How well does your conflicts system work?

12 December 2014

Frank Maher

Author bio coming soon

Contributor to Risk Management in Law Firms, Frank Maher, explores the common pitfalls responsible when conflicts issues go wrong.

In the course of acting as a solicitor for law firms for over 30 years – both defending professional indemnity claims and advising on professional regulation – the author has encountered many issues arising from conflicts of interest; much pain has been endured by those who fell foul of the rules. 

When conflicts issues go wrong, they can be among the most damaging to a firm’s reputation – and reputation is the only thing we have to sell.

Problems in practice fall into several categories, including:

  • the conflict checking system failing to pick up the existence of a conflict, or significant risk of one, at all;
  • acting for two or more clients, such as joint venture partners or husband and wife, and failing to spot either that their interests conflict at the outset or that they may do so further down the line;
  • failing to spot when a conflict does arise in the future, as may happen when acting for lender and borrower, in some cases because the problem has unfolded gradually;
  • taking on a small matter which precludes the firm from acting on something more substantial later;
  • allowing a large client to impose its terms of business (or ‘outside counsel guidelines’) which impose more extensive duties than would apply at law and under the conduct rules;
  • establishing systems which check for client conflicts, but fail to check at all for own interest conflicts, such as personal appointments as trustee or director;
  • failing to spot that the solicitor’s own interests may conflict – perhaps the volume of work from one client, such as an insurer, and the desire not to offend it or appear uncommercial blinds the solicitor to the risk of conflict with the insured; and
  • relying on information barriers when they are either not appropriate at all (because at most they may protect confidential information, but will not cure a conflict), or inadequate for the purpose they seek to achieve.  

This list is not exhaustive.  Each of these merits a substantial article on its own; but unless the firm sorts out the first one – the integrity of the conflict checking system – there is little prospect of addressing the more complex ones.

The largest firms centralise their client and matter inception systems, including not only conflicts, but also anti-money laundering, sanctions, creditworthiness and risk appetite.  This has much to commend it for all but the smallest firms, as it can provide a better-quality process, avoiding some of the gaps identified below; and those administering it become more expert.  But the decision on whether to act must, of course, be that of the lawyers – the administrative staff can only provide the information on which to base a decision.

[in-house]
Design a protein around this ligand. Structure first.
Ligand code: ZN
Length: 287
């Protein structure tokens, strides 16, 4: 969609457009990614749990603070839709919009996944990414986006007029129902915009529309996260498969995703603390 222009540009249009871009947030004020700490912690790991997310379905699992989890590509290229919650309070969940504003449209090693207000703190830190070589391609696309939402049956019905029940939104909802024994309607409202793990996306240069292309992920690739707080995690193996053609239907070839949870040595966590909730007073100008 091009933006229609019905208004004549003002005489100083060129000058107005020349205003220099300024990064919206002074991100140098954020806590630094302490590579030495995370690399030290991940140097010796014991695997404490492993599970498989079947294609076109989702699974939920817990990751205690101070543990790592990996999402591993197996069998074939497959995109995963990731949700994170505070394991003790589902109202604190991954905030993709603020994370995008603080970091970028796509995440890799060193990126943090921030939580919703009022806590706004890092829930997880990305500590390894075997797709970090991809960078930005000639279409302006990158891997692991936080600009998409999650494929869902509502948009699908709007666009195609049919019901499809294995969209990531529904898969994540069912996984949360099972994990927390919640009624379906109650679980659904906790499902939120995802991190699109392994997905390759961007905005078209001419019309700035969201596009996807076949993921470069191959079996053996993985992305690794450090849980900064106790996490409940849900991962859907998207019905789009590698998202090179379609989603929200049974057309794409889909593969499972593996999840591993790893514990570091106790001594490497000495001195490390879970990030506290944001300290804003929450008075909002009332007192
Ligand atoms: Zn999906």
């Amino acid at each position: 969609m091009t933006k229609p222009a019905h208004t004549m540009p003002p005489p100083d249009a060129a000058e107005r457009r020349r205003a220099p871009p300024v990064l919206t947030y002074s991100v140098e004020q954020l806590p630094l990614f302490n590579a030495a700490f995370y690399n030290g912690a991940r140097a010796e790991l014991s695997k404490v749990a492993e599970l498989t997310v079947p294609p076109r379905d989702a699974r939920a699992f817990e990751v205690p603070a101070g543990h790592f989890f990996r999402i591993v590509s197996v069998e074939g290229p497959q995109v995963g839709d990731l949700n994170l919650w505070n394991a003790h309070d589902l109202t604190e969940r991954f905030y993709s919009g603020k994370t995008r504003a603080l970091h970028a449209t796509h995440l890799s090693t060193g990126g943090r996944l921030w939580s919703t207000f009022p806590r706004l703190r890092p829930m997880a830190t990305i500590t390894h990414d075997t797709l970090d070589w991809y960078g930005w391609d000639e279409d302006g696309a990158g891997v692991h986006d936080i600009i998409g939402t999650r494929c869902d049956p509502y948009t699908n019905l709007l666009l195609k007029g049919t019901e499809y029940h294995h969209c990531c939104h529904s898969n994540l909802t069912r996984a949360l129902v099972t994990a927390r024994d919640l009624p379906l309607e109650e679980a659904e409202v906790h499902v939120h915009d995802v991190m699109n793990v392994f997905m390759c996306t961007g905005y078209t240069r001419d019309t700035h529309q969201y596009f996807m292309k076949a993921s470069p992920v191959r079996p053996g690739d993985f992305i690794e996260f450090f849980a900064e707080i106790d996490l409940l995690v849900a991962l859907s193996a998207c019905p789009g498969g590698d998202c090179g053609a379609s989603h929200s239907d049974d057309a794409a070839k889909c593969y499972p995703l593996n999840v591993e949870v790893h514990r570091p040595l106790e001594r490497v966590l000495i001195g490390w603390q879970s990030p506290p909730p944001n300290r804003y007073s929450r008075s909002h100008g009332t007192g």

Many firms rely on circulating emails with details of new instructions, but this relies on people reading them and we have encountered partners who admit to ignoring them routinely.  In any event, people will be out of the office from time to time on holiday or in the normal course of practice, and are unlikely to pay the same attention to the emails while they are away.  It may help, but it is not a system.

Does your system only check for clients?  Do you include subject matter, such as property or patents?  Does your system check the clients’ addresses too?  Some do not.  What happens in the case of a confidential matter designated by a project name?  And once it is in the public domain, do you update the system?  Do your systems reflect changes in the status of matters as they progress, such as the addition of new parties to litigation or a new lender?  Do fee earners understand the need to repeat searches when circumstances change?  Are prospective clients included, to avoid the risk outlined earlier of taking on a small matter which precludes the firm from acting on something more substantial?

What happens with related parties – partners in a firm, directors, shareholders and the like?

And how do you address the risk of spelling variations (eg, Stephenson or Stevenson), simple typographical errors and foreign alphabets?

These are just some of the questions which need to be considered, but they point to the need for a wider review of processes and firm-wide training.  When a firm encounters a conflict, the stakes can be high, with substantial damage to reputation, loss of clients, liability claims, litigation, written-off fees and disciplinary action. 

Fee earners may see conflict systems as something in the way of opening a file or a rule to be worked around, but securing buy-in is possible once they understand that making the system work may help them avoid turning away valuable work, writing off bills and chargeable time, losing clients and doing something today which they regret tomorrow. 

Those who decide to ignore the risks may rue the day.

Frank Maher is a partner in Legal Risk LLP, a solicitors firm specialising in professional regulation and professional indemnity, and advises leading UK, US and other international firms on conflict issues. 

He was the lead author of chapters on conflicts and confidentiality in the newly published book published by Globe Law and Business in association with the International Bar Association, Risk Management in Law Firms.